Capital Punishment in George Orwell, “A Hanging”

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Written by George Orwell, “A Hanging” is a short essay about a prisoner’s execution. The story was set in the 1920’s in Burma, a time when Orwell was working in the Indian Imperial Police. In the story, Orwell narrates about the hanging of a man and how the whole process changed his perspective towards capital punishments. This is evident where he states that “I had never realized what it means to destroy a healthy, conscious man.” Orwell uses small details to show the cruelty and inhumanity of the execution, hence illuminating the brutal reality of death and demonstrating a constant condemnation towards the issue of capital punishment. According to Orwell, capital punishment is not only immoral but also brutal. He begins his story by illustrating the barbaric conditions of condemned man, which shows sympathy for his suffering and highlights the horror of capital punishment. Orwell creates an atmosphere of gloom by describing that day’s weather as “a sodden morning of the rains” with “a sickly light, like yellow tinfoil.” Through this imagery, Orwell creates an oppressive and somber mood that indirectly symbolizes the deplorable conditions of the prisoner. He does so by describing how the jail was clouded in a deppressive environment. Orwell tries to gain the sympathy of the readers by showing us the cruelty of the prisoners endure. According to him, the prisoners were treated as less human. He illustrates the cells of the condemned  as “small animal cages.” He says that “Each cell measured about ten feet by ten and was quite bare within except for a plank bed and a pot of drinking water.” By describing the cruel conditions the prisoners are under, Orwell shows us the cruelty of the execution and his apparent disapproval of capital punishment.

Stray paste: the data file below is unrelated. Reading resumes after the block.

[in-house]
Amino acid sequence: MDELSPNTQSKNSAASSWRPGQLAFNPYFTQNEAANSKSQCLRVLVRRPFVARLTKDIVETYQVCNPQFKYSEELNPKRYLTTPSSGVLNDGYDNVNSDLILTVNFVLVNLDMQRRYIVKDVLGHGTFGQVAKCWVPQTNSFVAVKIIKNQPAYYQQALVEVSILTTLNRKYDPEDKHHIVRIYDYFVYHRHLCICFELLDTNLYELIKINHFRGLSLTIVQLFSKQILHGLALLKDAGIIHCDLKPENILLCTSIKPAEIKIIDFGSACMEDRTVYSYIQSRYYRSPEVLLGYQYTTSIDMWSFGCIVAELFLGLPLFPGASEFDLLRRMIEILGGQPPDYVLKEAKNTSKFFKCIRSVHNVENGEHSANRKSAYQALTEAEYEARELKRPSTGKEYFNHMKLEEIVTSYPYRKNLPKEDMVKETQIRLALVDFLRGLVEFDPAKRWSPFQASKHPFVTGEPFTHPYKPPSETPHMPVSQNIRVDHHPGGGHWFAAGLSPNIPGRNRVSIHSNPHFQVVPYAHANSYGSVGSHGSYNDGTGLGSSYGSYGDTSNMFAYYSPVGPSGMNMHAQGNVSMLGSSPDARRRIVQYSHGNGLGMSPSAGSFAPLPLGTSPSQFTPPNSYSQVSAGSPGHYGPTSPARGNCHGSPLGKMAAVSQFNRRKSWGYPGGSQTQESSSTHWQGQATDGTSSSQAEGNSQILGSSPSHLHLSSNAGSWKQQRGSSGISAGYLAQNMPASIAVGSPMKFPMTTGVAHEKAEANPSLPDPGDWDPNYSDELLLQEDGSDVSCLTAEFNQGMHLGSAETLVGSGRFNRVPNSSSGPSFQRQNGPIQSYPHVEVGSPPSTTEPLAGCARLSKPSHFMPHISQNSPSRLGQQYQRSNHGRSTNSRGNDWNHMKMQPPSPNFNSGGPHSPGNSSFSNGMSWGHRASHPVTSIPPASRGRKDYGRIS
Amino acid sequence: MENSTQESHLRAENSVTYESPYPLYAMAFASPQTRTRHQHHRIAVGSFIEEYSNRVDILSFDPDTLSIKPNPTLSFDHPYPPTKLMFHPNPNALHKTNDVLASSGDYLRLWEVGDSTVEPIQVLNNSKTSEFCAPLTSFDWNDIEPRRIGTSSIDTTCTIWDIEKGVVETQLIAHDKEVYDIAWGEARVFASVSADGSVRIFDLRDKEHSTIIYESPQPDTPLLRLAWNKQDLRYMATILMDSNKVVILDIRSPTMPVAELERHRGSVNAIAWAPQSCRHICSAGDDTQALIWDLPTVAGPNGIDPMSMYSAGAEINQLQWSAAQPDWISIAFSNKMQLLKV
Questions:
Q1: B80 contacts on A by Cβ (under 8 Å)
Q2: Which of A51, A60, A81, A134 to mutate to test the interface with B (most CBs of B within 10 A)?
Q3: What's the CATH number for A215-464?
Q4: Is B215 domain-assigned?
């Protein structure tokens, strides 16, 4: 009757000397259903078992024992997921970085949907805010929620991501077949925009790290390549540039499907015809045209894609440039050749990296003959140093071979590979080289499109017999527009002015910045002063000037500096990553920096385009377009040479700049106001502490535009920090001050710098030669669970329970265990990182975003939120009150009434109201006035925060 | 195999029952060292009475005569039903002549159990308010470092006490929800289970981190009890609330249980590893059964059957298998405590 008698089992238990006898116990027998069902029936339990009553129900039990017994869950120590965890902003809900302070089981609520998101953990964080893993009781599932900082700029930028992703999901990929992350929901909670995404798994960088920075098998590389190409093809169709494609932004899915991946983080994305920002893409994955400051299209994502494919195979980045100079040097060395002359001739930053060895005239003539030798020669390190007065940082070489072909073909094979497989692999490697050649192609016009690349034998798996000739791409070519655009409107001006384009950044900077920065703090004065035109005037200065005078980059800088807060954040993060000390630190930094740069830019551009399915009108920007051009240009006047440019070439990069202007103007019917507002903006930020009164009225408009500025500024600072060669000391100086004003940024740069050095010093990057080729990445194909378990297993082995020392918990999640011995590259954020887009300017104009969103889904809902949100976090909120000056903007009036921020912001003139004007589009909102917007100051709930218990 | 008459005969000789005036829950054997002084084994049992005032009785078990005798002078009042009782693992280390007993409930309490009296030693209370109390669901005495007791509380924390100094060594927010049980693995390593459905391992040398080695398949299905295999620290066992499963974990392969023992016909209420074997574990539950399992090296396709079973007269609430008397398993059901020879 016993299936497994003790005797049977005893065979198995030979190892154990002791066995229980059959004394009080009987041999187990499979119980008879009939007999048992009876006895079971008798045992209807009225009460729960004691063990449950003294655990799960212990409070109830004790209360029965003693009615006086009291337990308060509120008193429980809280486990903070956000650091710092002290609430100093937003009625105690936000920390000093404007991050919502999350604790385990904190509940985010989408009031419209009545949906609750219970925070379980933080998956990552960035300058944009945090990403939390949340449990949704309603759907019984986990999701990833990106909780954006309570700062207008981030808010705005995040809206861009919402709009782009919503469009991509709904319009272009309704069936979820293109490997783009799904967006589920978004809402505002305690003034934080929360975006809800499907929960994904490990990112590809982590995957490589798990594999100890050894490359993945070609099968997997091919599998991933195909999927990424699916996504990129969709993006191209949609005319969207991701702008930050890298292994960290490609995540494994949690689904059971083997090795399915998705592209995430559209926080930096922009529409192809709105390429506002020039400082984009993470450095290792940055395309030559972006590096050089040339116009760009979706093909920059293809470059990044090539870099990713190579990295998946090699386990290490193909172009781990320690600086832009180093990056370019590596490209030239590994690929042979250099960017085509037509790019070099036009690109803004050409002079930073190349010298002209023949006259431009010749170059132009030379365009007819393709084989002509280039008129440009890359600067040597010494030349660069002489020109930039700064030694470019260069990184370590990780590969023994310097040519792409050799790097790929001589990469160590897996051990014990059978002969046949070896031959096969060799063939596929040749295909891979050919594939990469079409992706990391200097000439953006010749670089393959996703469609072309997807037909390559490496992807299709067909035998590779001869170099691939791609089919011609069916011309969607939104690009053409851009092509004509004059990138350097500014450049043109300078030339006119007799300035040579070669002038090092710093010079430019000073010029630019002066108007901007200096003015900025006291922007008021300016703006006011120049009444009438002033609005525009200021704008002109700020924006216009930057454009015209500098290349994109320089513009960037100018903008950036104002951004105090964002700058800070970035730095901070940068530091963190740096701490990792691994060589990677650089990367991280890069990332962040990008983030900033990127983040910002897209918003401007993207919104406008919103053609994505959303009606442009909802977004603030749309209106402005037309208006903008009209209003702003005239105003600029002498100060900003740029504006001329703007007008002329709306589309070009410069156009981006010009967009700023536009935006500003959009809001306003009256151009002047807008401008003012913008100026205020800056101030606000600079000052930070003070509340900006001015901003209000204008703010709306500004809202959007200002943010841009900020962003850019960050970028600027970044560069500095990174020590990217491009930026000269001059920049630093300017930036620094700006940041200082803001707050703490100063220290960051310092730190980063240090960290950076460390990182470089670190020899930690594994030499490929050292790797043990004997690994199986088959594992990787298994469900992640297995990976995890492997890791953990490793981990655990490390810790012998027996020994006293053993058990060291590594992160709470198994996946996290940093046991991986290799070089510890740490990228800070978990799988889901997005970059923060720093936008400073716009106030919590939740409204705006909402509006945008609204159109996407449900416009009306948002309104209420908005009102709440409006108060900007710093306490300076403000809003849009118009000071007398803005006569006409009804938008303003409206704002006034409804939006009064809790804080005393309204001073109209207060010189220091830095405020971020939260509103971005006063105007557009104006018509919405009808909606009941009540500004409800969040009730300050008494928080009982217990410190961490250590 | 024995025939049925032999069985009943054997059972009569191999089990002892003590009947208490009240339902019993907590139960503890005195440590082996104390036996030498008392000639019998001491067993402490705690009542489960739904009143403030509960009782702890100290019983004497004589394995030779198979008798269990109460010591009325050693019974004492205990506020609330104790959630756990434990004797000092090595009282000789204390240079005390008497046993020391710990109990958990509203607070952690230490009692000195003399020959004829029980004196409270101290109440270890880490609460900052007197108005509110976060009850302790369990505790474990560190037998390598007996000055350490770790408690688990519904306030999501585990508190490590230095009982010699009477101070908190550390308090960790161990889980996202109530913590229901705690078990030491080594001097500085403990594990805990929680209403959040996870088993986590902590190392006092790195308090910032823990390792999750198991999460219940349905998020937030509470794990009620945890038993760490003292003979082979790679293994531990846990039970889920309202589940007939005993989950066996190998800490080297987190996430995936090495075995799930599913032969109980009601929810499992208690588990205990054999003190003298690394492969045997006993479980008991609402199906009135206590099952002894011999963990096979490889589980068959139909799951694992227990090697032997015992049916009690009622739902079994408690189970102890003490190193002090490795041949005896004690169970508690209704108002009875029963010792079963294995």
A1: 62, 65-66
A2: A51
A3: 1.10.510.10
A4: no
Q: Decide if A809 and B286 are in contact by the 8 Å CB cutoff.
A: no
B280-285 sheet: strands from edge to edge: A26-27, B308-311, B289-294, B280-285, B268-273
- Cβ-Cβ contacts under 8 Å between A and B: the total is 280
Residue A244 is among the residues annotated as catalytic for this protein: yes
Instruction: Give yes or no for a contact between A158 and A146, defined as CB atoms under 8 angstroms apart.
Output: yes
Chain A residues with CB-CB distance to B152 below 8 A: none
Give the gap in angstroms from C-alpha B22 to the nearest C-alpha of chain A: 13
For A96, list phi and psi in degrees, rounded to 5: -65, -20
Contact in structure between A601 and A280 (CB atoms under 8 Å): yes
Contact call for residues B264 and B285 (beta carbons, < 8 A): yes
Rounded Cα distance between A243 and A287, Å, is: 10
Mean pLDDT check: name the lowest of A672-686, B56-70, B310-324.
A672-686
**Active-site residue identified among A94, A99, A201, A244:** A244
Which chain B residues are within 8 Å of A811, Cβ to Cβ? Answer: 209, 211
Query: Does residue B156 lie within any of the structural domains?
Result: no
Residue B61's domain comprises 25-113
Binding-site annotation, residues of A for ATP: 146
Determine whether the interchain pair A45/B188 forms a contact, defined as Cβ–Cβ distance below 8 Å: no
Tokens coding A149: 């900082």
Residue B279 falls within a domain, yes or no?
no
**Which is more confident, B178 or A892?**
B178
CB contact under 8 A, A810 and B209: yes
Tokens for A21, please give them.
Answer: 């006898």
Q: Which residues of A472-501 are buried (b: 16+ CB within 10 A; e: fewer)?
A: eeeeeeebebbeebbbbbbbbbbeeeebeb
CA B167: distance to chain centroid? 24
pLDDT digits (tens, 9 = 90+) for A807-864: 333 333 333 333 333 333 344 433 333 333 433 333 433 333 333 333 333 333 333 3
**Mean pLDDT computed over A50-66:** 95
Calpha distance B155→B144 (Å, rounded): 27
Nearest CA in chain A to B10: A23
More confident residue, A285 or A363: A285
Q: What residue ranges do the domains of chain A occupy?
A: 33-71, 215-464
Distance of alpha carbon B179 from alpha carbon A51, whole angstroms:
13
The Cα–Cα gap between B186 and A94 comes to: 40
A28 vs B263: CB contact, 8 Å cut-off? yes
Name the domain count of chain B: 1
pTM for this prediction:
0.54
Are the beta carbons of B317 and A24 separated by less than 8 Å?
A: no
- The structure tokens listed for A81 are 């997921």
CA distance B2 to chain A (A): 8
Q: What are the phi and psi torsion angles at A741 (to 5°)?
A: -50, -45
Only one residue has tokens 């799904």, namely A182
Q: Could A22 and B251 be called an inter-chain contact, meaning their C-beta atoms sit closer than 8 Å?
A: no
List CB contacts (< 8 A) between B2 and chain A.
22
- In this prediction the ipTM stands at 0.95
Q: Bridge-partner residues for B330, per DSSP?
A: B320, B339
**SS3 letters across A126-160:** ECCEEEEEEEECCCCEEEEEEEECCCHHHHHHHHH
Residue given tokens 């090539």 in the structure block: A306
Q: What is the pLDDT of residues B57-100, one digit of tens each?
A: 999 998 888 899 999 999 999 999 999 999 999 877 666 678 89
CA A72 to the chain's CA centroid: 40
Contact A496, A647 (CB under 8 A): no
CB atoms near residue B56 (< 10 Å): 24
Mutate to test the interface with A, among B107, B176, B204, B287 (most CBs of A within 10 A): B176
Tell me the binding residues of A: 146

Orwell also humanizes the prisoner through showing us the ruthlessness of capital punishment, pointing out the “the unspeakable wrongness” of taking the life from a human being. His description of the prisoner is of an individual with “a puny wisp, shaven head and vague liquid eyes that yielded his arms limply to the ropes, as though he hardly noticed what was happening” and even took the time to step “slightly aside to avoid a puddle on the path.” He also describes the guards as “tall Indian warders” who “crowded very close about him” and  had their “hands always on him”, “like men handling a fish which is still alive and may jump back into the water.” The guards manned the prisoner tightly, ensuring that he does not escape. At some point, the superintendent thinks that the execution is running late and as a result, he gets very upset about the same. He says irritably, “For God's sake hurry up, Francis, the man ought to have been dead by this time.” Orwell shows his discomfort about the whole process by use of frustration and sarcasm. The superintendent is not happy that the entire situation is taking long and ants the man dead. This shows the reader how disrespectful the authority was towards the prisoners. It depicts that the prisoners are treated in a cruel and inhuman manner. Through characterizing the prisoner as weak, unthreatening and even still having a sense of dignity even though he was about to die, Orwell shows us how humane the prisoner was compared to the guards who mistreated him. He shows us how cruel the guards are, thus humanizing the prisoner. Orwell’s thoughts on capital punishment hit a climax when he views the prisoner as a man, he states, “He and we were a party of men walking together, seeing, hearing, feeling, understanding the same world.” He even goes further to describe the prisoner’s organs by stating that all of his body organs were functioning, “bowels digesting food, skin renewing itself, nails growing, tissues forming — all toiling away in solemn foolery.” Orwell is trying to show us that the prisoner was just like other human beings. He attempts to make us understand how wrong it is to be “cut a life short when it is in full tide.” This shows Orwell's disapproval of capital punishment.